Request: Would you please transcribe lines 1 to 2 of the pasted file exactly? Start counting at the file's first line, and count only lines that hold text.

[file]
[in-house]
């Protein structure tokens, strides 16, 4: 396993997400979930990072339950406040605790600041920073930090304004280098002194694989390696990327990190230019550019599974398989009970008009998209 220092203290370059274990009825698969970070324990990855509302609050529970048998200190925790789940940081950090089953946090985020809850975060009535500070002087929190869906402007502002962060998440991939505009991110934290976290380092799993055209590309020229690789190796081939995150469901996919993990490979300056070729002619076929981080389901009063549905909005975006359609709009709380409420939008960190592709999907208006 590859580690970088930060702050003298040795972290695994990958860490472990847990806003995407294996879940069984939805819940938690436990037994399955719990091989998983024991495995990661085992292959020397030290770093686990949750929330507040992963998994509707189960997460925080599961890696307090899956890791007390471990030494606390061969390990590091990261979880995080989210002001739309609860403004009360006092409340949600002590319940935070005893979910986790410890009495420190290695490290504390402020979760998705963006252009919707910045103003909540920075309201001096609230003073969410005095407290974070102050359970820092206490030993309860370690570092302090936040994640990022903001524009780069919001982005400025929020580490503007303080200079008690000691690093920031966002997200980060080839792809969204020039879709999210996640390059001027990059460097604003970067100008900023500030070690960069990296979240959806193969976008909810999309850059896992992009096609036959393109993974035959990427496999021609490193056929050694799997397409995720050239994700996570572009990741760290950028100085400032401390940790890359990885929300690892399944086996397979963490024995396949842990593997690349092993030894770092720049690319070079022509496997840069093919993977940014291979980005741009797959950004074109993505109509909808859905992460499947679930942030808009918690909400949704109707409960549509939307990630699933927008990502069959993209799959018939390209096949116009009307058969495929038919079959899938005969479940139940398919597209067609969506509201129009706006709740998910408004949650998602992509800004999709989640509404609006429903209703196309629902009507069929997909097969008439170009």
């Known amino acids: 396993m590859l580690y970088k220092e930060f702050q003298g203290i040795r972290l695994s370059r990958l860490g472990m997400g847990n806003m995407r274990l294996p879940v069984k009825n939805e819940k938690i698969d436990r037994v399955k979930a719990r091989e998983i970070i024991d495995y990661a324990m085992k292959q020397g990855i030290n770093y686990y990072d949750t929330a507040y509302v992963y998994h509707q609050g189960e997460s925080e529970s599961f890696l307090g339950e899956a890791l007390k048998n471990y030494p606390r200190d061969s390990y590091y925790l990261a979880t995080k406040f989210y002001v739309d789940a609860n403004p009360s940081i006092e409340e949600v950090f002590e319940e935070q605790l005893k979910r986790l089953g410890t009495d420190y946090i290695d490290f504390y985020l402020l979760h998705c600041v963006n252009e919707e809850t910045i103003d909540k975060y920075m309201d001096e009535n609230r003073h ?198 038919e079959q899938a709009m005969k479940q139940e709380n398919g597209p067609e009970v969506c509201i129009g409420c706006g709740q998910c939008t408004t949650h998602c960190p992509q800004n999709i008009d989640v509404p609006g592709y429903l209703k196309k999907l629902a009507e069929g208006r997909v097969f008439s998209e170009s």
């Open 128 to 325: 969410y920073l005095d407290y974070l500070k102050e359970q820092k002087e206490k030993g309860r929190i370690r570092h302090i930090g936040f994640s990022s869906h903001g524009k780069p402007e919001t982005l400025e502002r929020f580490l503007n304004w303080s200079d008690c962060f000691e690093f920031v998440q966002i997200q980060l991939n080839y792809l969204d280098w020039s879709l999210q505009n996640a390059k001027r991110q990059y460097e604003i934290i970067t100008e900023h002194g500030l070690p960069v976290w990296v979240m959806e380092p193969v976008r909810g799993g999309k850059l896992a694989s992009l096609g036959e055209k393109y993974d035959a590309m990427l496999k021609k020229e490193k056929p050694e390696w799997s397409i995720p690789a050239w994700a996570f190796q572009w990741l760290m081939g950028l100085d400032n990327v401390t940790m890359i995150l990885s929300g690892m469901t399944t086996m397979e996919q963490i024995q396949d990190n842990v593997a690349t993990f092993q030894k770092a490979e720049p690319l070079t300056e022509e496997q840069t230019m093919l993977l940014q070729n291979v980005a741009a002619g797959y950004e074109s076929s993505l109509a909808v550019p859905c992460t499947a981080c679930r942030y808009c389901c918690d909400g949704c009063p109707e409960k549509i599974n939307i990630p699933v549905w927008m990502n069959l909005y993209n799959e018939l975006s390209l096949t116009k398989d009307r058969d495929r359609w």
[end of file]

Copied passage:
[in-house]
């Protein structure tokens, strides 16, 4: 396993997400979930990072339950406040605790600041920073930090304004280098002194694989390696990327990190230019550019599974398989009970008009998209 220092203290370059274990009825698969970070324990990855509302609050529970048998200190925790789940940081950090089953946090985020809850975060009535500070002087929190869906402007502002962060998440991939505009991110934290976290380092799993055209590309020229690789190796081939995150469901996919993990490979300056070729002619076929981080389901009063549905909005975006359609709009709380409420939008960190592709999907208006 590859580690970088930060702050003298040795972290695994990958860490472990847990806003995407294996879940069984939805819940938690436990037994399955719990091989998983024991495995990661085992292959020397030290770093686990949750929330507040992963998994509707189960997460925080599961890696307090899956890791007390471990030494606390061969390990590091990261979880995080989210002001739309609860403004009360006092409340949600002590319940935070005893979910986790410890009495420190290695490290504390402020979760998705963006252009919707910045103003909540920075309201001096609230003073969410005095407290974070102050359970820092206490030993309860370690570092302090936040994640990022903001524009780069919001982005400025929020580490503007303080200079008690000691690093920031966002997200980060080839792809969204020039879709999210996640390059001027990059460097604003970067100008900023500030070690960069990296979240959806193969976008909810999309850059896992992009096609036959393109993974035959990427496999021609490193056929050694799997397409995720050239994700996570572009990741760290950028100085400032401390940790890359990885929300690892399944086996397979963490024995396949842990593997690349092993030894770092720049690319070079022509496997840069093919993977940014291979980005741009797959950004074109993505109509909808859905992460499947679930942030808009918690909400949704109707409960549509939307990630699933927008990502069959993209799959018939390209096949116009009307058969495929038919079959899938005969479940139940398919597209067609969506509201129009706006709740998910408004949650998602992509800004999709989640509404609006429903209703196309629902009507069929997909097969008439170009």